We do not generally envision the poor enslaved Israelites in Egypt to have been at fault for their hard conditions, nor do we attribute their spiritual condition in the wilderness (other than the fiasco of the golden calf) to some kind of idol worship and connection to the Egyptian gods. But Ezekiel chapter 20 makes it very clear that our ancestors defiled themselves with the gods of Egypt. YHVH says in no uncertain terms: "… they rebelled against Me and would not obey Me. They did not all cast away the abominations which were before their eyes, nor did they forsake the idols of Egypt” (verse 8). According to the same verse all this had taken place “in the midst of the land of Egypt.” What's more YHVH 'admits': "Then I said, 'I will pour out My fury on them and fulfill My anger against them...'" (emphasis added). YHVH refrained from doing so, that is from literally exterminating His people, because "I acted for My name's sake, that it should not be profaned before the Gentiles among whom they were, in whose sight I had made Myself known to them, to bring them out of the land of Egypt" (v. 9).

Aside from Ezekiel, another scripture writer verifies this. One who was a first eye witness to his brethren's condition. It is none other than Joshua, who makes mention of this fact not only once, but twice. (Then there is also Amos in 5:25-26, whose short account is repeated in Acts 7:42-43.)

As Joshua was about to exist the stage of life, he was recalling the history of the People, reminding them Whom they were to serve, while at the same time also exhorting and challenging them: “Now therefore, fear YHVH, serve Him in sincerity and in truth, and put away the gods which your fathers served on the other side of the River and in Egypt. Serve YHVH!” (Joshua 24:14 emphasis added). The “other side of the River” refers to the pre-Abrahamic days, but “in Egypt” is quite a strong and clear indictment, which is less excusable.

The other episode, during which Joshua had to deal with this painful subject, occurred much earlier. It was upon the Israelites’ entry to the land. There, in Gilgal, those born in the wilderness got circumcised, an action which was also designed to: “roll away the reproach of Egypt from you. Therefore the name of the place is called Gilgal” (Joshua 4:9). The “rolling” of the “reproach of Egypt” is “galot” – literally to roll or roll off, while the similarity to the name “Gilgal” is quite apparent. The verb “galo” or “galot” shares the same root as “gilool” or “giloolim” (plural). This is what the “idols of Egypt” are called in the above-mentioned Ezekiel 20 scripture. The “giloolim” are “balls”. What kind of “balls”? They are what the Tanach calls dung balls, using another word having the same root – glalim.

So what is the connection of “dung balls” to the “idols of Egypt”? One of Egypt’s venerated and deified creatures was the scarab beetle. Scarab is a dung beetle, which when it swarms and collects provender it does so by forming it into a ball, rolling it around to its destination. When Joshua’s altar was discovered on Mount Eyval (the mount of curse) in the 1980’s, several of these man-made scarabs were unearthed. This was clear evidence that our forefathers venerated this item of the “reproach of Egypt” and carried it around, and even passed it on to their children who entered the land of Israel. In fact, Chuck Missler contends that these scarabs or beetles were the “swarms” – arov in Hebrew – which made up the fourth plague. https://www.khouse.org/articles/2000/263/

The ten plagues that YHVH inflicted upon Egypt were not only intended against Egypt’s sovereign, Par'oh, but also against the “gods” of that land. At the time of the last plague, YHVH made the declaration that the gods of Egypt were the object of His assault (as well as that land’s living beings). Indeed, as you probably know, each of the plagues was a directed against one of Egypt’s idols (refer to the above link).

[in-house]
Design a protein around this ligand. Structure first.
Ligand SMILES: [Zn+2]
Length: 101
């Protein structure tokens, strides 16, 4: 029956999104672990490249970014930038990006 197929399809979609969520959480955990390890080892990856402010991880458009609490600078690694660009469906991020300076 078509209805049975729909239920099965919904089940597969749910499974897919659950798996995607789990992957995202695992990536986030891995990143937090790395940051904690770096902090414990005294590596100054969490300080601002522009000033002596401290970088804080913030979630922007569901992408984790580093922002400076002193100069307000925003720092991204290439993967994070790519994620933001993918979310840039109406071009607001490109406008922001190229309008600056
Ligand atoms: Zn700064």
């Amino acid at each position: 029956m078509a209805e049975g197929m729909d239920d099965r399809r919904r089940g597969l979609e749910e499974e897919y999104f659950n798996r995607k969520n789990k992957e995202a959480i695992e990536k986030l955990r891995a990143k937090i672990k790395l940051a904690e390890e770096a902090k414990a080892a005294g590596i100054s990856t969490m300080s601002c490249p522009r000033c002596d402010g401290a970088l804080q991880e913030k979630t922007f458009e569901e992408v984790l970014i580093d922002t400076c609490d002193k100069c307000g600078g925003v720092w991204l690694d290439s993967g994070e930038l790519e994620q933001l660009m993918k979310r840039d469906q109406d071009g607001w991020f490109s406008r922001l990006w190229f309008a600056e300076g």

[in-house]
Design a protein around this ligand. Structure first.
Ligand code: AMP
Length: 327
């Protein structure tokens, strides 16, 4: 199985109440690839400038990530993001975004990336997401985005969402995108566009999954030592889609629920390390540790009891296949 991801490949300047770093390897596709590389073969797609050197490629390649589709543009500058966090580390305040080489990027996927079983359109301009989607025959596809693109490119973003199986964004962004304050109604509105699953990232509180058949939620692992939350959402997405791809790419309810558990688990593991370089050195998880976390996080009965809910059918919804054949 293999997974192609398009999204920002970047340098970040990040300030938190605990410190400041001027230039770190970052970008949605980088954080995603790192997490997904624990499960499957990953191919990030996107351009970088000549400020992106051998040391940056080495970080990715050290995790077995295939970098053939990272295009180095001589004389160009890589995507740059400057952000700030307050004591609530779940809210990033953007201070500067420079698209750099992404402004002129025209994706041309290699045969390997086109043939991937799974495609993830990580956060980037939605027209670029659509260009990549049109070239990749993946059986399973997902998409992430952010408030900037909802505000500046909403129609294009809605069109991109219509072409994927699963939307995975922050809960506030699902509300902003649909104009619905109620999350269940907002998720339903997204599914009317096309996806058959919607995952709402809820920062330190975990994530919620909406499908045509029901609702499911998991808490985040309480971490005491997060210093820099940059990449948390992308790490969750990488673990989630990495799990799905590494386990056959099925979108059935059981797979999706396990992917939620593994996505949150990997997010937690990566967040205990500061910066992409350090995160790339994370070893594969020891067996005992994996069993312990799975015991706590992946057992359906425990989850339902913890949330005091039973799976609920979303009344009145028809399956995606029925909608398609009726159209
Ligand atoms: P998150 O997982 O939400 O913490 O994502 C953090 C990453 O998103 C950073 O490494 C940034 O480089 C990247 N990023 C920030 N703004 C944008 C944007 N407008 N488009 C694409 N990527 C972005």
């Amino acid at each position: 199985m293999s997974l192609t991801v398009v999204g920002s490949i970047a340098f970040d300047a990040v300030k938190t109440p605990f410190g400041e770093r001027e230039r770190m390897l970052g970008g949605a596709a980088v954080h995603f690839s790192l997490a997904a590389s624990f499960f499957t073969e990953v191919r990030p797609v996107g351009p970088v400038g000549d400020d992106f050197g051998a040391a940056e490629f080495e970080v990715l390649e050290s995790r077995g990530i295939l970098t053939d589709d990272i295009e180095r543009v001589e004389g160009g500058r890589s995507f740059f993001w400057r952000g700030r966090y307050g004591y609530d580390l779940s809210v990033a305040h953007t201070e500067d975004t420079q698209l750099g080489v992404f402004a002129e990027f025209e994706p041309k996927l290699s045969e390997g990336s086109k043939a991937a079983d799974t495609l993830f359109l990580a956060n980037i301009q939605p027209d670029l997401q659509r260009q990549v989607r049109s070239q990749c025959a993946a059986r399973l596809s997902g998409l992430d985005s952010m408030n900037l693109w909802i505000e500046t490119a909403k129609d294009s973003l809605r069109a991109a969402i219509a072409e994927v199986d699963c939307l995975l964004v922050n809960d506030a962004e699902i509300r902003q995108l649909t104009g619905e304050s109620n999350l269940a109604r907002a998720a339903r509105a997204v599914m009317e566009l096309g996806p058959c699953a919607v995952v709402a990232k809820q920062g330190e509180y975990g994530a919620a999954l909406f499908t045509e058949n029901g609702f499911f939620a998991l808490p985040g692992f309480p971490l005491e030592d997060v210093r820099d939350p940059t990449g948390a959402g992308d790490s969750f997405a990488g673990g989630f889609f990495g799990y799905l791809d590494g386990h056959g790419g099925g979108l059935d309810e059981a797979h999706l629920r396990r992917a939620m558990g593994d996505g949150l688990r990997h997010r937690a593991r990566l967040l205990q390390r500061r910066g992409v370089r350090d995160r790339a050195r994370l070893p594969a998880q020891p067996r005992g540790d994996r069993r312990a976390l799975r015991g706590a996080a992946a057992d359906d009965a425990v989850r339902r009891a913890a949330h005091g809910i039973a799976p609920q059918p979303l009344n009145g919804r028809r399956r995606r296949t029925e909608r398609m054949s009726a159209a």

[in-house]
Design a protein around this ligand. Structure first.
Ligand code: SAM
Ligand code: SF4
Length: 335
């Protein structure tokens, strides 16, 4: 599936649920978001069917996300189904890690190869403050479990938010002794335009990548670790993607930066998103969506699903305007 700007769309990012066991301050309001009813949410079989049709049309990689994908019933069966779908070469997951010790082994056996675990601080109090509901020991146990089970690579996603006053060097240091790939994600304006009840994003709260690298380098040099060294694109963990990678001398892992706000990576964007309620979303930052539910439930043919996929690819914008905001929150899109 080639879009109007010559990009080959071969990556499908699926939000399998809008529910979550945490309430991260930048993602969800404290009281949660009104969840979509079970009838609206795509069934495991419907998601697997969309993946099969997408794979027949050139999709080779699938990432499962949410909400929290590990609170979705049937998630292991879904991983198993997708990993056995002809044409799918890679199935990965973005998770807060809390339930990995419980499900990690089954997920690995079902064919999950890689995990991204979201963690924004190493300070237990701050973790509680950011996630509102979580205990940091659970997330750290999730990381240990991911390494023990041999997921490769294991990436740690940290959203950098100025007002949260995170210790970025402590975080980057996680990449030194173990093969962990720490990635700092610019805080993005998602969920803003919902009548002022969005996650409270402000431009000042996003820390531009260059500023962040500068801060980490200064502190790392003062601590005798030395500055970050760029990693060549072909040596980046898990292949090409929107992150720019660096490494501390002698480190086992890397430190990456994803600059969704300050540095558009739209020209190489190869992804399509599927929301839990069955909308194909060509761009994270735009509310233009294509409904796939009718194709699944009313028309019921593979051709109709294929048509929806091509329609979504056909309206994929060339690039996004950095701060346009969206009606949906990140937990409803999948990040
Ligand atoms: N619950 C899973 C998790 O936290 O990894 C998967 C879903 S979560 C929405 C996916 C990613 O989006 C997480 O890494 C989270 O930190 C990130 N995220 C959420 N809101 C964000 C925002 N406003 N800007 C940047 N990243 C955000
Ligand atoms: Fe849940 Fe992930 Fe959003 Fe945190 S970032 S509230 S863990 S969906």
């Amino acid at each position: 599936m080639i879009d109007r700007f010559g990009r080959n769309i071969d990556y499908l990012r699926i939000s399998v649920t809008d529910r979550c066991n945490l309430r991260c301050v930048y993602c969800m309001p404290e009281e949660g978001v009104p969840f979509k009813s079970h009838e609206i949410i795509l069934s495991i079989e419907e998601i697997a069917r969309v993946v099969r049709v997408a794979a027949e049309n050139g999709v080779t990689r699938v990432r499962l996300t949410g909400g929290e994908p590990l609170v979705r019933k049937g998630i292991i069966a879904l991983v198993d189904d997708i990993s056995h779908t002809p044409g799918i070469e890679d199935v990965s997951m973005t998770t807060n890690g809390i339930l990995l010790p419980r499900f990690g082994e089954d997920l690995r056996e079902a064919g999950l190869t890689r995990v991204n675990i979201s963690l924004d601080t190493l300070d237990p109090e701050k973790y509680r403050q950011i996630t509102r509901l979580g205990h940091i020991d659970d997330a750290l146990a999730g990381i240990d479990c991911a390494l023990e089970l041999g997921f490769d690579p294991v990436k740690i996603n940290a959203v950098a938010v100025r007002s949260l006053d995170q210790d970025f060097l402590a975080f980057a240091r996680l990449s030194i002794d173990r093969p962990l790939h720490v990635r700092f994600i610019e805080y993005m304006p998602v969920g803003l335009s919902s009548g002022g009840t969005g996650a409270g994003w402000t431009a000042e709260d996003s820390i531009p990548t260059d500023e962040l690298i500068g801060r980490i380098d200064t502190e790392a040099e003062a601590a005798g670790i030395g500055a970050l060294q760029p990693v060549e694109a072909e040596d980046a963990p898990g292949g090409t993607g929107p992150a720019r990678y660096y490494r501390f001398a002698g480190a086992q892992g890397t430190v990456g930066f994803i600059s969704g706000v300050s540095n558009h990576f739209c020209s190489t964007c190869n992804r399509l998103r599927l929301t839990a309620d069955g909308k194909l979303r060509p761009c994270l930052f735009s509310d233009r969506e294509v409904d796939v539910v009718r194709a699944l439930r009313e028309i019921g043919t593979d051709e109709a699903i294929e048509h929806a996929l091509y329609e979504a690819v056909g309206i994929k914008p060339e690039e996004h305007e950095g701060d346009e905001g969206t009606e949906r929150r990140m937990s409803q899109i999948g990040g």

As a matter of fact, even before the season of the ten plagues had begun, we see YHVH already proving His might against one of Egypt’s deities. YHVH exerts His authority and declares: “And the Egyptians shall know that I am YHVH, when I stretch out My hand on Egypt…” (Exodus 7:5). “Stretching out” in this case is “ne’to’ti” (the verb being “nato” – its root is noon, tet, hey, n.t.h). This verb denotes leading or pointing direction, and thus in verse 9, when A’haron is told to cast his rod, this article is designated by “ma’teh,” originating from the same root. A’haron and Moshe were to represent YHVH’s authority over Egypt’s ruling powers, both the natural ones as well as the supernatural. Indeed, when A’haron casts his rod in front of Par’oh it turns into a serpent, which in Hebrew is “tannin”, literally an alligator. Thus YHVH demonstrated His power over one of Egypt’s most powerful symbols. In fact, in Ezekiel 29:3 Par’oh himself is addressed as the “great tannin” (translated “monster”), that is the great alligator (for the same idea see also Ez. 32:3). The very rule and authority of Egypt is therefore symbolized by this creature that inhabited the Nile, and was the first to be challenged by Elohim. (For more on the alligators and their role in Egypt’s Pantheon see https://en.wikipedia.org/wiki/Sobek)

It is not a mere coincidence that the plagues that are to strike this world and its systems, as described in Revelation, seem to mirror the plagues that befell the Egyptians, before YHVH brought Israel out from their midst. However, the fact that the Israelites themselves were not free from the same type of idolatry should not be overlooked, especially if we refer back to the Ezekiel 20:33-38 “transitional” passage. In verses 38 and 39 we read the following: “As for you, O house of Israel,’ thus says the Lord YHVH: ‘Go, serve every one of you his idols -- and hereafter -- if you will not obey me; but profane My holy name no more with your gifts and your idols.’” Would it surprise you to find out that the word there for “idols” is again “giloolim”? How revealing! Thus, if our forebears’ sojourn in Egypt and their emergence from that place is in some way equivalent to our day and age, we ought to consider the idolatry that prevailed in Israel’s camp.

No matter what these idols look like, or what form they take, or how they are being worshiped, spiritual entities do not just disappear or vanish. They are still at war with Elohim and His people, and they are still able to cling to us. Even though they do not take the form that they did in ancient Egypt, they have not ceased from being “abominable dung balls” that we are required to forcibly remove from ourselves. The Gilgal experience is not over.

As a side note we may take into consideration the fact that at the site of the greatest international interfaith convention – that is where the attempt was made to raise a tower to the heavens and to be “as the Most High”, in Bavel - Mitzrayim (the progenitor of the nation of Egypt who was also Nimrod’s uncle) would have been present. Thus the beliefs, with the entities that accompanied them, were transported from that cradle of humanity’s rebellion, to the entire known world of the day. Babylon has always played her part as the enemy’s representative, and still does, in each epoch of human history. It is from her, which is doomed to destruction, that we are to flee (while shedding off the ‘dung balls’ as we go so that we may run faster without being “unencumbered by sin”), lest we fall with her. This is summed up well in Revelation chapter 18.